Thursday, January 27, 2011

New Blog Design Inspired by Fleeing Babies. And bats.

I've read to my minions The Day the Babies Crawled Away until the cover is loose and torn and we all have the words memorized.  It's their number one bedtime book.

In "The Day," my favorite children's author Peggy Rathmann features silhouetted babies rolling along with bats and butterflies that tumble and fall during their adventures climbing through cave and cliff. But all's well that ends well, and the babies return unscathed to eat pie and sip sugared tea with their worried mothers, en silhouette.

And don't we all love a happy ending?

Nathans' Sort of Semi Annual First Paragraph Challenge

Wow.  Amazingness!  Nathan Branford is running his sort of annualish first paragraph challenge contest on his blog.  I love him. It ends today and has over 1,300 entries, which is a lot of words--and a lot of writers.  If you haven't entered, mosey on over there; it ends today at 4 p.m. PST.

Friday, January 21, 2011

The Great Semi-colon Debate, Part Deux: Sponsored in Part by Punctuation Man

I love the semi-colon. At least, I used to.

The semi-colon and I have had a long relationship combining related ideas with seamless ease. If you're trained as a technical writer or print journalist, like me, you've used this happy wink-shaped mark in your writing with little thought. But I've come to agree with many writers that the venerable semi-colon has no place in fiction.

My final draft of my WIP is all about strengthening voice. After reading about the semi-colon debate, and learning how some writers tightened up their scenes by reducing said punctuation mark, I re-wrote some passages of my WIP, replacing semi-colons with periods and rewriting for clarity and editing thusly.

And guess, what?  It worked. The action is bolder. It flows and better yet, the words move: especially in action scenes in which I am striving for conflict and suspense.

Master of suspense author, James Scott Bell, writes on his blog, "When it comes to fiction, I think of semi-colons the way I think of eggplant: avoid at all costs."  Well, I do love me some eggplant, but I agree with Bell's premise and as Bell continues, he quotes Vonnegut. "Here is a lesson in creative writing.  First rule:  Do not use semicolons.  They are transvestite hermaphrodites representing absolutely nothing.  All they do is show you've been to college."  Heh-heh. Harsh, but right.  Did you know, by the way, Vonnegut was born in Indianapolis, Indiana, which is close to my hometown?  Bet he would have been a Colts fan.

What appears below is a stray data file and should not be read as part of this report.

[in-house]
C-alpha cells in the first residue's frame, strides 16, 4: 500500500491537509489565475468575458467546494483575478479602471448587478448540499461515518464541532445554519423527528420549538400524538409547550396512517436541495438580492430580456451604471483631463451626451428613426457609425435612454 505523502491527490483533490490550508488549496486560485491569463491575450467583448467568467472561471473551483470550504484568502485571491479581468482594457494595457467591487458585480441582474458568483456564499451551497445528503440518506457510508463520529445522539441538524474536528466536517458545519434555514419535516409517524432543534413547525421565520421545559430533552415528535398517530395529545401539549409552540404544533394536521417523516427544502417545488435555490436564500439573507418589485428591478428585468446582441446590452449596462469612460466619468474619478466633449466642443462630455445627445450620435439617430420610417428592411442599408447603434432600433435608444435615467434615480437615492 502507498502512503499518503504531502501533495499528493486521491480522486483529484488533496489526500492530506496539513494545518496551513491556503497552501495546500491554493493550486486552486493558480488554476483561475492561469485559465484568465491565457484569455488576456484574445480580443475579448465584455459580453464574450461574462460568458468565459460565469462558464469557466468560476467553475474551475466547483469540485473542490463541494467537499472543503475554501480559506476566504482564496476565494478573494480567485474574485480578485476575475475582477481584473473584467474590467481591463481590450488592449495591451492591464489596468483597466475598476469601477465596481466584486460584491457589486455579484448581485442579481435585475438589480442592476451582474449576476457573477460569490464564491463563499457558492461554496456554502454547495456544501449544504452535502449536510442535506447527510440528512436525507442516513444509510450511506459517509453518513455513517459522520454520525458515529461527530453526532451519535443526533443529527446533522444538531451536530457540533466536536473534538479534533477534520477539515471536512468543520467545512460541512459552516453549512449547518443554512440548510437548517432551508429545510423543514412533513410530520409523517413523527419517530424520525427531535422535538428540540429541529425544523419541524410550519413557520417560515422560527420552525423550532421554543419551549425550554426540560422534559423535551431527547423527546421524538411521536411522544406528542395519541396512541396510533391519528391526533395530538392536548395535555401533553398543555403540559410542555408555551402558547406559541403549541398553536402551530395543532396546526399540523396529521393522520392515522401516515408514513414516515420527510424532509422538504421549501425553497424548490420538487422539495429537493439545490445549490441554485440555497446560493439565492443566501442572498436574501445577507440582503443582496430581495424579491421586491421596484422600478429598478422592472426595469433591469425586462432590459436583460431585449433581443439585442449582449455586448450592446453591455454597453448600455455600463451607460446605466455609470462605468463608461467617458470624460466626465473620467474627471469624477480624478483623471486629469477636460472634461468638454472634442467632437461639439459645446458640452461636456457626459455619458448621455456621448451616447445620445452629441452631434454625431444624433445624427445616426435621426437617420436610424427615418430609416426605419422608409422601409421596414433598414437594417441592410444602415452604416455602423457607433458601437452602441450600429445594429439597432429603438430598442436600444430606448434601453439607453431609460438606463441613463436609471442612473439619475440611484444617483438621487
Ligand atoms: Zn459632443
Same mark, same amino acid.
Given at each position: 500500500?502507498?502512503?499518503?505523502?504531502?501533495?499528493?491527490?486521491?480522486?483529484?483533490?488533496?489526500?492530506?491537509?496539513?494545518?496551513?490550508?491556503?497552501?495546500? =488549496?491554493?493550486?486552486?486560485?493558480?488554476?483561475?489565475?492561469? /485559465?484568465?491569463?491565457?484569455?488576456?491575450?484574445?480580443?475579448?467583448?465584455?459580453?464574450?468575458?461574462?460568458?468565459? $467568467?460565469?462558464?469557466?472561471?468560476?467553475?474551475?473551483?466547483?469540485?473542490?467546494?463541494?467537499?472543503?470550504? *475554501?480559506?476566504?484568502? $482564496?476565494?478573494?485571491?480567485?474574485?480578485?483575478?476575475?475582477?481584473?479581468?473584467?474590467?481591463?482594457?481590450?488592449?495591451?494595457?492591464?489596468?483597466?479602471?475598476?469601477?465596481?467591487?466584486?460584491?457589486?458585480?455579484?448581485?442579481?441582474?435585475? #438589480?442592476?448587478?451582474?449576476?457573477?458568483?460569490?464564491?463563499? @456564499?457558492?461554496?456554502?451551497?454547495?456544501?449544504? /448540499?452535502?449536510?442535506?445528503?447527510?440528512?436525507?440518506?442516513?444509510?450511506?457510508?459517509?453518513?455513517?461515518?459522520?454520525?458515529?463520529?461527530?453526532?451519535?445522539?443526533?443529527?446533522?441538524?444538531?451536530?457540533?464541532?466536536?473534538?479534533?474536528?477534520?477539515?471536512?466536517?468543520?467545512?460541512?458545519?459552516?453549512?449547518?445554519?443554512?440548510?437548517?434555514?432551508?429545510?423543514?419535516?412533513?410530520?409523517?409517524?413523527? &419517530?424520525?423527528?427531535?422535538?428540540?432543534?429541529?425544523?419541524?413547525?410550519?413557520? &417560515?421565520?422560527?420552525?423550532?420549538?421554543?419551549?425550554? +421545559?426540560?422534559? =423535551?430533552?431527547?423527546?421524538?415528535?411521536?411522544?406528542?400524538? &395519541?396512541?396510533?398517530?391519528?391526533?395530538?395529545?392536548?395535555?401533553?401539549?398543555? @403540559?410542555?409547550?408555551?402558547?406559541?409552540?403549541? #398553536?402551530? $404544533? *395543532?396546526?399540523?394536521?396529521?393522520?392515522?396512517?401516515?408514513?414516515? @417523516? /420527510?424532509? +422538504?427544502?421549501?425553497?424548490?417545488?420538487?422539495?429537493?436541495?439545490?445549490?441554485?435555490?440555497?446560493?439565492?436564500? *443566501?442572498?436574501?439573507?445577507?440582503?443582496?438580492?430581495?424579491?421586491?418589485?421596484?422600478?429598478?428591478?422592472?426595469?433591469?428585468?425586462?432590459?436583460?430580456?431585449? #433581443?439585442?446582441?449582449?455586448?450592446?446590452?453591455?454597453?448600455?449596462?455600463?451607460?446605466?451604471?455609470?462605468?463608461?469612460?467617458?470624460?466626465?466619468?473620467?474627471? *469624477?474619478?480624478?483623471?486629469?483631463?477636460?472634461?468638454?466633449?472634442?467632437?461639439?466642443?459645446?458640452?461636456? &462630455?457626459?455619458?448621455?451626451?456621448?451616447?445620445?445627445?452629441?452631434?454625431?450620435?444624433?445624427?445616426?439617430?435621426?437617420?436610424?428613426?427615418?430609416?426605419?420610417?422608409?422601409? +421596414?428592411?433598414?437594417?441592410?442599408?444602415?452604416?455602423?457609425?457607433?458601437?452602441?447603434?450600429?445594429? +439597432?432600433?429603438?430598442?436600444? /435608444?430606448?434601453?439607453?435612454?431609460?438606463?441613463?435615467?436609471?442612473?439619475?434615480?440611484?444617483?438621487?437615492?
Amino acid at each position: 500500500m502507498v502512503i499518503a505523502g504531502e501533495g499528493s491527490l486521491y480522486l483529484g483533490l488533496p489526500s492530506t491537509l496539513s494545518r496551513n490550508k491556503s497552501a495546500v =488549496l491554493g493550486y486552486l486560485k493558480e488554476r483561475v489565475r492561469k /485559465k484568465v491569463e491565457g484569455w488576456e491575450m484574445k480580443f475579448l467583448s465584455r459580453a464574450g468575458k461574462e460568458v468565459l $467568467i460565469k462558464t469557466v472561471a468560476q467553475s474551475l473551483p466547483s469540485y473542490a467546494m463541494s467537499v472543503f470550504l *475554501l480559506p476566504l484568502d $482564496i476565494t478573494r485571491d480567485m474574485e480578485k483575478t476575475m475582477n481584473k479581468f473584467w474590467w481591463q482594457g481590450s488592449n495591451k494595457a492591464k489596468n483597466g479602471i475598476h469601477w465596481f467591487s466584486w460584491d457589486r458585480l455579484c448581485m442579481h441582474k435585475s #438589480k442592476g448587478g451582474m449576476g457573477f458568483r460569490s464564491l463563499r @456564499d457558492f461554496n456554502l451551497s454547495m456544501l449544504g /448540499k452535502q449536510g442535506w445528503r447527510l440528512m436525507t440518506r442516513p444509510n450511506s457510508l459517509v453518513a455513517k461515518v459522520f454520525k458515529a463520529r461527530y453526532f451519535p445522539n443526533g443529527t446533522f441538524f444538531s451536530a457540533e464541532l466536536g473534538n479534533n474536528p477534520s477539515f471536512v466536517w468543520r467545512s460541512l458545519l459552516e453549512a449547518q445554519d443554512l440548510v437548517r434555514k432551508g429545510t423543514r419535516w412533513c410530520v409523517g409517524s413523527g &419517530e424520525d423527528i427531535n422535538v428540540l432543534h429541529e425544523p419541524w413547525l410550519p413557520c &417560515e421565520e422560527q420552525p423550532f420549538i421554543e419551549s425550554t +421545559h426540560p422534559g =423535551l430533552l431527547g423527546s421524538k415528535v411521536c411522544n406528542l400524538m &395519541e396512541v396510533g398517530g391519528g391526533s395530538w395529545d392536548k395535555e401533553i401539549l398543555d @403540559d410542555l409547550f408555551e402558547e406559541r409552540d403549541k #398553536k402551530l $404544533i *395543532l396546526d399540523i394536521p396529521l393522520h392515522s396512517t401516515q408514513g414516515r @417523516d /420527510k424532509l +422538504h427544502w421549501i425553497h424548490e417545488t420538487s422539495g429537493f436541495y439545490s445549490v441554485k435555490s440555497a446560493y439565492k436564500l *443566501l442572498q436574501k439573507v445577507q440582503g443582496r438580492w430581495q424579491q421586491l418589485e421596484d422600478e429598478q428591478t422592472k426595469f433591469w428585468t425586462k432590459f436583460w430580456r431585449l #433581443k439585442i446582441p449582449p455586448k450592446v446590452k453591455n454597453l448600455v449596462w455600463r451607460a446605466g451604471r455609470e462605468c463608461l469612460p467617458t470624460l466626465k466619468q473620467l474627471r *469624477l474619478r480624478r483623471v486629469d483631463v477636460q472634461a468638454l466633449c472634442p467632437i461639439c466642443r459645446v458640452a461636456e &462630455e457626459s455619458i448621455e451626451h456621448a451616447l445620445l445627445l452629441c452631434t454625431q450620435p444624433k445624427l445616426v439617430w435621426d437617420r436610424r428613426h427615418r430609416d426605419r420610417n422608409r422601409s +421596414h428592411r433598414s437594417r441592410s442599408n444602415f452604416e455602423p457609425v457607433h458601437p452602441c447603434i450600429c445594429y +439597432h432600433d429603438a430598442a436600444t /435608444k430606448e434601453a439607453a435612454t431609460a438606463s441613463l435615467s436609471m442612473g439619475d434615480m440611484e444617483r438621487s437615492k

Punctuation Man is coming to get you, and your semi-colons.

So there you have it, or perhaps you don't if you've kicked the semi-colon to the curb. How do you feel about the semi-colon and do you use this form of punctuation in your fiction?  I, for one, will continue my "find and replace" and search and destroy all lurking semi-colons like a crazed zombie in the Walking Dead; however, I will continue to use the helpful little punctuation tag in my non-fiction writerly pursuits.

Wednesday, January 19, 2011

Shakespeare's Twilight and What Happens When a Bard Loosens his Jeggings

This weekend was all about getting my Shake on at Navy Pier during a hilarious adaptation of As You Like It.  Of all his plays, I think William Shakespeare's As You Like It is by far the easiest to understand and most relaxed.  In the play, what happens in the forest stays in the forest . . . life is simpler: commoners and gentry share their food and their devotion without identity concerns while donned in organic rags or damask jodphurs and tight bustiers.  It's frivolous and absurd, with more plot holes than Swiss Lorraine--almost as if the Bard threw up his lace decorated cuffs and said, "Fine, sirrah. Whatever. Do you desire then that the gods had made me light?"

Light. Sort of silly but that's exactly how Shakespeare planned the play of charm, a play so 
artificial that no one could be expected to take it seriously.  The Bard knew audiences prefer, above everything else, to be gently and good-humoredly amused.  Of course, it's possible to raise an eyebrow at the implausibility of most of the characters and especially the lovely Rosalind, who "hides" her beauty as a man--wink wink--and goes quietly into the night and into the Forest of Arden cross-dressed as a gentleman to protect her exiled BFF.

Sure, in AYLI the amazingly famous quotes are tucked therein including, "All the world's a stage, and all the men and women merely players," and the lesser quoted but one of my favorites: "Do you not know I am a woman? When I think, I must speak" ( insert smiley here).  But with AYLI, Bill lets down his ironed and curled hair and loosens his laced back jeggings. Entwined with a sprinkle of angst and squirmy scenes like the novel Twilight and its vampires who sparkle, all the blemishes throughout are calculated to produce smiles of a happy reader and audience, but forsake me not. I'm not comparing the luminous Bard's words with those of Stephenie Meyer's. I am, however, comparing the intent: to compel and entertain, and both do this well.
Perhaps we have something to learn from both famed scribes; as writers, playwrights and authors, we're all one in entertaining the masses. But Bill S. dazzled us first, and I think he did it best.

Monday, January 10, 2011

Frost and Paint on a Morning's Drive.

"Frostilated," is how my little minion described the snow and ice that clung to limb and branch and bud on this morning's drive to school.